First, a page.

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MMA gym coming to Valley


There’s nothing like the thrill of physical activity to get your blood pumping and that’s exactly what local entrepreneur Travis Lumax is looking to do this spring as he brings to the Valley a different sort of gym.

“I’m opening an affiliate martial arts gym of the Winnipeg Academy of Mixed Martial Arts (WAMMA) – a very successful club,” he said.

“Instructors from the Winnipeg academy – including David Swanson – will be travelling in on weekends to teach and we also have some other instructors leading classes during the week.

“We’re looking at sessions for children, women’s self defence, brazilian jiu jitsu, kick boxing and mixed martial arts (MMA) classes,” Lumax continued. “I’ve had people express interest in the children’s classes to me and I have a really good teacher lined up for the women’s self defense.

“Gym time will be fairly structured with some open mat times for more experienced individuals.”

Located next to Work World in the Cox’s building, Lumax hopes the space will come together in the next few weeks.

“I want to have a gym viewing in April with classes starting May 5,” he said.

“Registration for classes will be available online through WAMMA’s website (www.wamma.ca) in the near future and there will also be open registration at the local facility.”

For those who aren’t familiar with the sport, MMA refers to a group of activities or combative disciplines that sees individuals train with the goal to compete in a contest using hands, feet, and the body to stop an opponent from continuing the fight.

“This can be through strikes or submissions," said WAMMA Black Belt, Dan Gange, noting that submission refers to a choke or joint lock that forces the opponent to concede defeat.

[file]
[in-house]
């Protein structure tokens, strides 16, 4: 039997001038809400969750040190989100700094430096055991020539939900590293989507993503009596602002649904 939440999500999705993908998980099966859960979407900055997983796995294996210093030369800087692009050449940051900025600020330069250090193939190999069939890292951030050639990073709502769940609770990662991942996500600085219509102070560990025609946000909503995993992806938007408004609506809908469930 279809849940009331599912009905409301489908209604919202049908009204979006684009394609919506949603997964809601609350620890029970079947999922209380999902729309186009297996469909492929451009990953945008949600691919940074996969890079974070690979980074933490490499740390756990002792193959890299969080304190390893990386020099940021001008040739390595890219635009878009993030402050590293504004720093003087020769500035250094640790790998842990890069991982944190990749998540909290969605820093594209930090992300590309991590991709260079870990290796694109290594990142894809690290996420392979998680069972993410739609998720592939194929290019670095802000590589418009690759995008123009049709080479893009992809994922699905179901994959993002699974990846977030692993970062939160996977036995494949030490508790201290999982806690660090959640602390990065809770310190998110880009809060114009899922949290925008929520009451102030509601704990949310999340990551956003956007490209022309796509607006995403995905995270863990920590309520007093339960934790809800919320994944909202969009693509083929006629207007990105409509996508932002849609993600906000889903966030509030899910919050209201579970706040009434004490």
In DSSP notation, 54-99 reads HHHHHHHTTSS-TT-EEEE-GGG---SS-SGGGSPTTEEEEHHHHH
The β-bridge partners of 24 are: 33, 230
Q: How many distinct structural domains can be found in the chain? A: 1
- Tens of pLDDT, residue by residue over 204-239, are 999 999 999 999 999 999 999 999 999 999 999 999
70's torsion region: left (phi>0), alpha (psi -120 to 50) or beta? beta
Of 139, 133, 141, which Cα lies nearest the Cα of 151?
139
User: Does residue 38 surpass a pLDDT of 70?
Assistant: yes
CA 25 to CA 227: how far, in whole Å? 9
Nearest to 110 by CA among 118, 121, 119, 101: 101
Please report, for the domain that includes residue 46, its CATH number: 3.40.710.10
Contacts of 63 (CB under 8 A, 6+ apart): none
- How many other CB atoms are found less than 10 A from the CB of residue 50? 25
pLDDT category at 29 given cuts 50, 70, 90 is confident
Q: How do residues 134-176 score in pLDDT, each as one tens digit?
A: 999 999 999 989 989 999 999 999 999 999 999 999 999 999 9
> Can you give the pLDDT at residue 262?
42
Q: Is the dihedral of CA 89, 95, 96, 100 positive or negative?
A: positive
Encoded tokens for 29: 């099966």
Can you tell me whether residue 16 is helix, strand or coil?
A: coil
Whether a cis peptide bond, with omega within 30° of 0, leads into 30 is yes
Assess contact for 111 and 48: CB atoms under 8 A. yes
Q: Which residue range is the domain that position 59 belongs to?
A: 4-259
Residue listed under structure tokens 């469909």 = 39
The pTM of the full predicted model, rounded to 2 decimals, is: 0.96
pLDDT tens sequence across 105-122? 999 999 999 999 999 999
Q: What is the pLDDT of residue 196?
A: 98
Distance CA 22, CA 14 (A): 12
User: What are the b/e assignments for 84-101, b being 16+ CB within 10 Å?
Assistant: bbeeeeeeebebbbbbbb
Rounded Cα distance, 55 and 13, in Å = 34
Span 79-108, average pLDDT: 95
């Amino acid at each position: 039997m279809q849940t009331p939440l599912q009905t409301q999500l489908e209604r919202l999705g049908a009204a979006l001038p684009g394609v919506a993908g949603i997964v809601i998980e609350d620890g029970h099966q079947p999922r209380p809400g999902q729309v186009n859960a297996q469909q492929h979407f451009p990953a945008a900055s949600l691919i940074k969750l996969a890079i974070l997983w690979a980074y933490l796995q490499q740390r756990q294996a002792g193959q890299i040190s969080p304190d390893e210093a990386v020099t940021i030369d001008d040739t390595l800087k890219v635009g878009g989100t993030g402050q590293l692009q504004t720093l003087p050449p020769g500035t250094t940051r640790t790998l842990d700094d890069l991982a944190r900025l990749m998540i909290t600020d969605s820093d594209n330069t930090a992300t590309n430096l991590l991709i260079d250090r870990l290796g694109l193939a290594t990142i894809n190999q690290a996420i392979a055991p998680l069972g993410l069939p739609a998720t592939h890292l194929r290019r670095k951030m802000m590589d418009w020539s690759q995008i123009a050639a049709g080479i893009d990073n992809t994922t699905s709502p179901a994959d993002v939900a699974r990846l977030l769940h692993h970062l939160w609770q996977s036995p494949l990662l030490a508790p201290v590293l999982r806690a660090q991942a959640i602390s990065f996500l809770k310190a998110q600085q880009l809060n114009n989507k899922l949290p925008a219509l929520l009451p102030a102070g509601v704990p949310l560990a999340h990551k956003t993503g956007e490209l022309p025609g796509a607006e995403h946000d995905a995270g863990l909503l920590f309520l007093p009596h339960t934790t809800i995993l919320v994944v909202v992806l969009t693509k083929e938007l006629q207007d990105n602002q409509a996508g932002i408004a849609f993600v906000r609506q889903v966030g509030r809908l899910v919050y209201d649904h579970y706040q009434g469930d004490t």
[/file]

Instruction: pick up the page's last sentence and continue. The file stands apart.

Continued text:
“There is a huge amount of information to learn and it is often a lifelong pursuit for those that are involved. Part of why people keep training in the sport is there is always something new to learn. You can always get better, no matter how long you have been at it.”

MMA gives people the ability to defend themselves, should they have to, and provides self-confidence, the ability to deal with high adrenaline situations, and keeps people in great shape.

“It also teaches discipline, patience, and control over your emotions,” added Gange.

“Combative sports will force you to get in better shape. Most people end up losing a significant amount of weight when they start training. It often sounds intimidating for people before they start but the program is designed to really ease people into the activities, making sure they are comfortable.

“Beyond the physical fitness benefits, it is an incredible way to relieve stress,” Gange continued. “Getting on the mats and training always puts people in a better mood. It is often the place where people come to forget about their problems and focus on the moment.

“But, perhaps most importantly, friendships are made. You spend several hours a week with the same people – problem-solving, teaching each other, and working to make each other better competitors. The bonds that are formed in the WAMMA clubs are strong and it often becomes the main social circle in member's lives. People often refer to the group as a family. It is an inspiring and encouraging environment that does not have room for bullying or negativity – often this is a refreshing change for new people.”

WAMMA was started in 2004 by head coach Curtis Brigham when his own coach left the city.

“Curtis began training in, approximately, 1996 and was among the first people to be fighting MMA in Canada,” said Gange. “He has won numerous fights all over the world and his skills as a fighter and teacher are some of the best in Canada - evidence of his skills are the number of highly ranked athletes he has trained with several competing in the UFC.”

While WAMMA has a very strong competitive team with athletes fighting and training all over the world, Gange notes that the majority of members are pretty regular people – parents, lawyers, accountants, mechanics, roofers, dog trainers, small business owners, farmers and students, for example.

“There are people training with us from all walks of life and all demographics – male and female,” he said. “Many people start training in their late 30s, 40s, or even 50s. We even have several people who train that have retired from their careers. It is NOT just a group of young men!”

With Lumax at the helm locally, Gange hopes to make WAMMA Swan River as successful as their other seven gyms across the province.

“Travis' has enthusiasm and commitment in bringing something special to Swan River,” he said. “The community has great people who understand the value of hard work and determination. We believe that smaller towns are a great environment to train good athletes and generally find people looking to join a great team.”

You can learn more about WAMMA at www.wamma.ca and on instagram at @wammacanada.